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Abstract

Morphology is an important source of regularity in the English writing system. Morphemes provide a link between word form (phonology and orthography) and word meaning (semantics and grammar). Skilled readers demonstrate rapid analysis of morphological structure during word recognition which enables efficient access to meaning from print. Evidence suggests that children’s explicit awareness of morphological patterns emerges relatively early on in development, but it is not yet clear how and when they acquire morphological representations that are readily activated during reading. Two cross-sectional studies were conducted with children, adolescents and adults to investigate morphological effects in visual word recognition across reading development, and the mechanisms that drive these effects. Results from these studies revealed that all readers demonstrated sensitivity to morphological structure during word recognition tasks, but rapid activation of abstract morphological representations appeared to be a late-acquired milestone in reading development, not emerging until mid-to-late adolescence. These findings underline the importance of morphological knowledge for lexical processing, and provide new evidence that the representations that support rapid access to meaning from print continue to develop over the course of adolescence.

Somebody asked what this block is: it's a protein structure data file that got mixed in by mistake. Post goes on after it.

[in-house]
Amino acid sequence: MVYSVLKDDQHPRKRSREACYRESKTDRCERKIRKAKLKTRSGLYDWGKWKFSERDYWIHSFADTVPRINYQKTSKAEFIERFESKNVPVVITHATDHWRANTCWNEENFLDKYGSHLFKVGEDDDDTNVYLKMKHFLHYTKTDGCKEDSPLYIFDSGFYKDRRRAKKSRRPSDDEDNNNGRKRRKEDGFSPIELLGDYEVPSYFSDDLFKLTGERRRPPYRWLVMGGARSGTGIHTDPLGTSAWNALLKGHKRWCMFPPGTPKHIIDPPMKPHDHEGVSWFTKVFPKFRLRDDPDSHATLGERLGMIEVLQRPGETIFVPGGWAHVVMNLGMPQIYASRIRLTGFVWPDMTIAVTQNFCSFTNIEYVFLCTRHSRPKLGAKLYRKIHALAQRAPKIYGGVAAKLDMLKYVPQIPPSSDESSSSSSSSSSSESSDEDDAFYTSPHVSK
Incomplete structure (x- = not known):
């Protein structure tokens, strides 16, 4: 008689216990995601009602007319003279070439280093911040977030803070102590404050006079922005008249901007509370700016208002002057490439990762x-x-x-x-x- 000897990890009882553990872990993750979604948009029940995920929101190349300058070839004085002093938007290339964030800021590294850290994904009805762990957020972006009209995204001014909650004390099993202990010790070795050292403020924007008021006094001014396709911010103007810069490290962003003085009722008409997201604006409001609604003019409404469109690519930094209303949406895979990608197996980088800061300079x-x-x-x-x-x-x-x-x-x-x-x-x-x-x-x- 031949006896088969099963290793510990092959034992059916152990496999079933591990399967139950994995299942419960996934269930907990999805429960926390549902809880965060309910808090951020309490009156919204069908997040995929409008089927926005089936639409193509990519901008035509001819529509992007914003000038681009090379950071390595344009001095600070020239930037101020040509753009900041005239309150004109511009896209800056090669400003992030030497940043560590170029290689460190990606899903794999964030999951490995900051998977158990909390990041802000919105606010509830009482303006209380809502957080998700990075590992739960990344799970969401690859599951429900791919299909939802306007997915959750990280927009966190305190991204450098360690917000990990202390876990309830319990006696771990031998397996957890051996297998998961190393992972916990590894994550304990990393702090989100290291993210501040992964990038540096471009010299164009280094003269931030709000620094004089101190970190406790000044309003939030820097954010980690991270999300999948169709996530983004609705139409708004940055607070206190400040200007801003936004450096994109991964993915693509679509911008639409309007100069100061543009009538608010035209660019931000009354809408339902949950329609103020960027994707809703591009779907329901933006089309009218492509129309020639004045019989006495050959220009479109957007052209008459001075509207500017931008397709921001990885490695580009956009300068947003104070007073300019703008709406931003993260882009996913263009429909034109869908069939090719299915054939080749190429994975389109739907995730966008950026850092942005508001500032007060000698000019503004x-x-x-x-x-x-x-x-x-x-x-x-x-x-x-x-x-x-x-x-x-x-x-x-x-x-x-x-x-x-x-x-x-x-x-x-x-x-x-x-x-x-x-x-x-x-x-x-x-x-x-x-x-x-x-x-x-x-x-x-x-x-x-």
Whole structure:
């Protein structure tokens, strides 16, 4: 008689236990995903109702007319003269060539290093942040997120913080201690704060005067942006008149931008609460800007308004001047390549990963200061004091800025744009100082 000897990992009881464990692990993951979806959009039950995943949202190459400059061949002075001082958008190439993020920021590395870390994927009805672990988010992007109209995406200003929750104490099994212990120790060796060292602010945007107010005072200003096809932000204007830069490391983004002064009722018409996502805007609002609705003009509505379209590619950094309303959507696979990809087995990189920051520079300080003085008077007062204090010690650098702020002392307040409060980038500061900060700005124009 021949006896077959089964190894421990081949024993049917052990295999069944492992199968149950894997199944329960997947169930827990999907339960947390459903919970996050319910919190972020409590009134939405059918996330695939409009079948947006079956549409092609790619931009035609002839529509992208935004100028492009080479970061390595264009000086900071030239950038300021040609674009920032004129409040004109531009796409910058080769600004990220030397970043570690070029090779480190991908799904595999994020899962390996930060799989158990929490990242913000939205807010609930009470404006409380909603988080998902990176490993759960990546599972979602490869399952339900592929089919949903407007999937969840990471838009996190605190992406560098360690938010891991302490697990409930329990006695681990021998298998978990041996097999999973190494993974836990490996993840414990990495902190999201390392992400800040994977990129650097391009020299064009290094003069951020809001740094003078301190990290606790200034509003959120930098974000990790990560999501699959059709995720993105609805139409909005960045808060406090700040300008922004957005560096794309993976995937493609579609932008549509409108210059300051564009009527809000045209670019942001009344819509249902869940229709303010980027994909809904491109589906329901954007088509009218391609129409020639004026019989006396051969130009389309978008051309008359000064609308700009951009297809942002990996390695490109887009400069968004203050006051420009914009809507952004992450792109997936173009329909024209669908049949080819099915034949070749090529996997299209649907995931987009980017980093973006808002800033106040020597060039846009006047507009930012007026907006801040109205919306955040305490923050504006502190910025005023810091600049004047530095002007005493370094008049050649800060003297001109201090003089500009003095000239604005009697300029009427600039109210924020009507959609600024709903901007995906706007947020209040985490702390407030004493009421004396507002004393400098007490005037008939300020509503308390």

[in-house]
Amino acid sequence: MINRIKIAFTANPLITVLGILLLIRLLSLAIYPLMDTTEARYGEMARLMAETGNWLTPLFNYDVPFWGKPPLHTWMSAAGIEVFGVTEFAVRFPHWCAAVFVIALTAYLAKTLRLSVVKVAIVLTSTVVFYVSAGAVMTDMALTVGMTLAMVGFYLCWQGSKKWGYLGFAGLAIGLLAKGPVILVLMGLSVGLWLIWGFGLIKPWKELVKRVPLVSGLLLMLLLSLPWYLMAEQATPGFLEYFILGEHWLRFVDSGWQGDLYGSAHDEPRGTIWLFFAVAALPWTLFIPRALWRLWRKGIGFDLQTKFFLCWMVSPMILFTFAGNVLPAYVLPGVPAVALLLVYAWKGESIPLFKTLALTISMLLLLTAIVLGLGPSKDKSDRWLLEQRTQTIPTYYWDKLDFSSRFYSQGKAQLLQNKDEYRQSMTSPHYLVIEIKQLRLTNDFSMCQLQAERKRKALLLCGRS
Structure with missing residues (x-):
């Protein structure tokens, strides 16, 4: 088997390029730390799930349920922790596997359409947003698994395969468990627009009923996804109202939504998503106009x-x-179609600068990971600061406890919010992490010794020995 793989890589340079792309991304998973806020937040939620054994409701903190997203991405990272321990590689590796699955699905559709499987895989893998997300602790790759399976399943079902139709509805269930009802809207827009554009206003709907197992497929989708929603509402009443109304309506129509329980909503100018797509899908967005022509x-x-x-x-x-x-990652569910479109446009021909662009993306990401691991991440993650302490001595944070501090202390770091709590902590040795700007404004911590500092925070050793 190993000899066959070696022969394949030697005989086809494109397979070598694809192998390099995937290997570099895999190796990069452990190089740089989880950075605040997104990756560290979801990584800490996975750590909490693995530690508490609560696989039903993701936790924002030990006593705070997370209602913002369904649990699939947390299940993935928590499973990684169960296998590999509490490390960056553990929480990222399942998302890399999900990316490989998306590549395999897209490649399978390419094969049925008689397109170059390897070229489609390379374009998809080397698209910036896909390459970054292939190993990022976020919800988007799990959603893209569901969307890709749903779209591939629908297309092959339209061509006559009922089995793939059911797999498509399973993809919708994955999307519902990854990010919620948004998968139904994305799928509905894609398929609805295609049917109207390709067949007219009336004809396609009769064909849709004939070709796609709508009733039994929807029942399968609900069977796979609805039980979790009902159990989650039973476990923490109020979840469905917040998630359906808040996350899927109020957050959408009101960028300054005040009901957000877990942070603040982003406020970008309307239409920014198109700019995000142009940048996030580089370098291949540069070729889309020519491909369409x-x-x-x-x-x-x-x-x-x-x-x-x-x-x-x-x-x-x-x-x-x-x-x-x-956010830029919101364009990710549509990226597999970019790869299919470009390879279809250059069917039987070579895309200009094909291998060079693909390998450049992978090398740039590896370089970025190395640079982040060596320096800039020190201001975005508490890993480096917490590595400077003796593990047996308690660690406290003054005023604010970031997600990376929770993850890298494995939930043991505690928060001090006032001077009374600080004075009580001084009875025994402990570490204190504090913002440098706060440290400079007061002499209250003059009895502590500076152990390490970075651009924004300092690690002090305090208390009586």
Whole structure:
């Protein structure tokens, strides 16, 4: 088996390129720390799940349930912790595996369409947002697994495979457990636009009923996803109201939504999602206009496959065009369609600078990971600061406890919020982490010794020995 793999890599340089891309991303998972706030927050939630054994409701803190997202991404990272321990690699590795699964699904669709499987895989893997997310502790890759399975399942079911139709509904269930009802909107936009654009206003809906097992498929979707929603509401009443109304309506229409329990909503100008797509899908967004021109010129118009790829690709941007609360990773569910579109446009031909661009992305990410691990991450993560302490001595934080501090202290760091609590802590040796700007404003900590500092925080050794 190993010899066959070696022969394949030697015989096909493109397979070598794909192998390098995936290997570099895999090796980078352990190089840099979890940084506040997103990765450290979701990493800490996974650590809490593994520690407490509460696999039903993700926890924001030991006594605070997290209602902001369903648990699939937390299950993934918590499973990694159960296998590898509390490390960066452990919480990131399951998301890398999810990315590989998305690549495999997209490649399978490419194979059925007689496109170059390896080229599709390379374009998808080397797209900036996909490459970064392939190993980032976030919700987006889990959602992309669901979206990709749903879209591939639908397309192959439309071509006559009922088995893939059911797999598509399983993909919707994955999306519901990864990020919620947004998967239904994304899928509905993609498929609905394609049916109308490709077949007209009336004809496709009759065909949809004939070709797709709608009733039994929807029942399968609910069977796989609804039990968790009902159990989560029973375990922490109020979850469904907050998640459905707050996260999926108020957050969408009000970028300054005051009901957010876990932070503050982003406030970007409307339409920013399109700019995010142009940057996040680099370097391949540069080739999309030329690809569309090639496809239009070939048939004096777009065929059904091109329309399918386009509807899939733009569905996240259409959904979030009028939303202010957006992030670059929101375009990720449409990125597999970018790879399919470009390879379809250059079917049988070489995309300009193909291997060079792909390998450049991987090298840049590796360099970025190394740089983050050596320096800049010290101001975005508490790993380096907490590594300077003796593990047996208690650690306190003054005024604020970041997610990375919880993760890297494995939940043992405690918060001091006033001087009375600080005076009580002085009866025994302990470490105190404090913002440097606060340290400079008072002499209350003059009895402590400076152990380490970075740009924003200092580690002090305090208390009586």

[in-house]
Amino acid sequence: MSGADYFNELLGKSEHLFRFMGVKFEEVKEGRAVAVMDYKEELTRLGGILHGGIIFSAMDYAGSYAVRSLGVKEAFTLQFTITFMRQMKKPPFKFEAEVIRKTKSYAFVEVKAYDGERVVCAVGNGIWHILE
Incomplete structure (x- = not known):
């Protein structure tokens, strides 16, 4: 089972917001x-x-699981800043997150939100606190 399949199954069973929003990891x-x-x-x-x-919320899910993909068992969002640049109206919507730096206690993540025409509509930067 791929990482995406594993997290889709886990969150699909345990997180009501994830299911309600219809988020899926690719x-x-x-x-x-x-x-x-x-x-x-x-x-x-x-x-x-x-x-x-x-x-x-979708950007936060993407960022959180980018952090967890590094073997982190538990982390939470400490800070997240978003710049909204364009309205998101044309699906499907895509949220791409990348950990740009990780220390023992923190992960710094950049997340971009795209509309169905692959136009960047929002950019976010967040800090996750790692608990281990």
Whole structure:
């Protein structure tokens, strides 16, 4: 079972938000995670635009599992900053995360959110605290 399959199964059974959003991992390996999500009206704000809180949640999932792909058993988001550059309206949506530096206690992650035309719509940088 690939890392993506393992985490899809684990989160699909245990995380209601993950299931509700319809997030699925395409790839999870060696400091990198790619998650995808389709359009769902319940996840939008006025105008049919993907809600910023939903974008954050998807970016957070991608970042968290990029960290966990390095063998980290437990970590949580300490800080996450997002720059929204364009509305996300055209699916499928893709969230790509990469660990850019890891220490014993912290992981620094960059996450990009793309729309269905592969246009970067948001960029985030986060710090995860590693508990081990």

Host:

Yaling Hsiao